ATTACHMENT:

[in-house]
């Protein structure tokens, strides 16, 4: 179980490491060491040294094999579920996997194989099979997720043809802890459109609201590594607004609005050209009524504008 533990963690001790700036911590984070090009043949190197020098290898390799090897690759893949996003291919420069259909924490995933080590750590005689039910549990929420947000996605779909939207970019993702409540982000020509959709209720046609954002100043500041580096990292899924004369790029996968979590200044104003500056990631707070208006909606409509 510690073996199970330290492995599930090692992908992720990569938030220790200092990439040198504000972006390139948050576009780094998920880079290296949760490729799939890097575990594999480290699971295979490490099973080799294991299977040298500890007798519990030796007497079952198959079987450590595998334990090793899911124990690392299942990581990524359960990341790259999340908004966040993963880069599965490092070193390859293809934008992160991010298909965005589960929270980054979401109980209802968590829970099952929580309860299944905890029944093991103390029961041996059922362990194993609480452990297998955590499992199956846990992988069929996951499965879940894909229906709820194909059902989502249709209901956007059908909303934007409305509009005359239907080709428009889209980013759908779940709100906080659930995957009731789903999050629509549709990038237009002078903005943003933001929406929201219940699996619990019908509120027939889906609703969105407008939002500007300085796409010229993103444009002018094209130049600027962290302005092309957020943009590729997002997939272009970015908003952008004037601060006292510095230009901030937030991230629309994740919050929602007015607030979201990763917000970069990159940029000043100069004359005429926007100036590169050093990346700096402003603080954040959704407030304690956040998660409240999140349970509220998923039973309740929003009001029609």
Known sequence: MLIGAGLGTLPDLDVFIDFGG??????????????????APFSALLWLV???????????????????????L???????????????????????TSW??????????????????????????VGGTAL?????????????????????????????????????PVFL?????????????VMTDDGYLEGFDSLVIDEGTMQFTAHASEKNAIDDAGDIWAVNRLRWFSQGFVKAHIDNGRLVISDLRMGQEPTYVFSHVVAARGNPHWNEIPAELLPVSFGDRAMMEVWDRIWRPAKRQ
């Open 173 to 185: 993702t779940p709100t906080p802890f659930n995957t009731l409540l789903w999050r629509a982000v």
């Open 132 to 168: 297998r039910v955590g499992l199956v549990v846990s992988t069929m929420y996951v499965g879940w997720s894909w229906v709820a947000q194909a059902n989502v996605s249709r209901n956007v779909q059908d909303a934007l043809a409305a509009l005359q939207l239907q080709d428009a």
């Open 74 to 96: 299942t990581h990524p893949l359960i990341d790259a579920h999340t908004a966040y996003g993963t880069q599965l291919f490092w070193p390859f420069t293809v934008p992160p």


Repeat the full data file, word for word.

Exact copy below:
[in-house]
């Protein structure tokens, strides 16, 4: 179980490491060491040294094999579920996997194989099979997720043809802890459109609201590594607004609005050209009524504008 533990963690001790700036911590984070090009043949190197020098290898390799090897690759893949996003291919420069259909924490995933080590750590005689039910549990929420947000996605779909939207970019993702409540982000020509959709209720046609954002100043500041580096990292899924004369790029996968979590200044104003500056990631707070208006909606409509 510690073996199970330290492995599930090692992908992720990569938030220790200092990439040198504000972006390139948050576009780094998920880079290296949760490729799939890097575990594999480290699971295979490490099973080799294991299977040298500890007798519990030796007497079952198959079987450590595998334990090793899911124990690392299942990581990524359960990341790259999340908004966040993963880069599965490092070193390859293809934008992160991010298909965005589960929270980054979401109980209802968590829970099952929580309860299944905890029944093991103390029961041996059922362990194993609480452990297998955590499992199956846990992988069929996951499965879940894909229906709820194909059902989502249709209901956007059908909303934007409305509009005359239907080709428009889209980013759908779940709100906080659930995957009731789903999050629509549709990038237009002078903005943003933001929406929201219940699996619990019908509120027939889906609703969105407008939002500007300085796409010229993103444009002018094209130049600027962290302005092309957020943009590729997002997939272009970015908003952008004037601060006292510095230009901030937030991230629309994740919050929602007015607030979201990763917000970069990159940029000043100069004359005429926007100036590169050093990346700096402003603080954040959704407030304690956040998660409240999140349970509220998923039973309740929003009001029609």
Known sequence: MLIGAGLGTLPDLDVFIDFGG??????????????????APFSALLWLV???????????????????????L???????????????????????TSW??????????????????????????VGGTAL?????????????????????????????????????PVFL?????????????VMTDDGYLEGFDSLVIDEGTMQFTAHASEKNAIDDAGDIWAVNRLRWFSQGFVKAHIDNGRLVISDLRMGQEPTYVFSHVVAARGNPHWNEIPAELLPVSFGDRAMMEVWDRIWRPAKRQ
């Open 173 to 185: 993702t779940p709100t906080p802890f659930n995957t009731l409540l789903w999050r629509a982000v």
């Open 132 to 168: 297998r039910v955590g499992l199956v549990v846990s992988t069929m929420y996951v499965g879940w997720s894909w229906v709820a947000q194909a059902n989502v996605s249709r209901n956007v779909q059908d909303a934007l043809a409305a509009l005359q939207l239907q080709d428009a």
């Open 74 to 96: 299942t990581h990524p893949l359960i990341d790259a579920h999340t908004a966040y996003g993963t880069q599965l291919f490092w070193p390859f420069t293809v934008p992160p």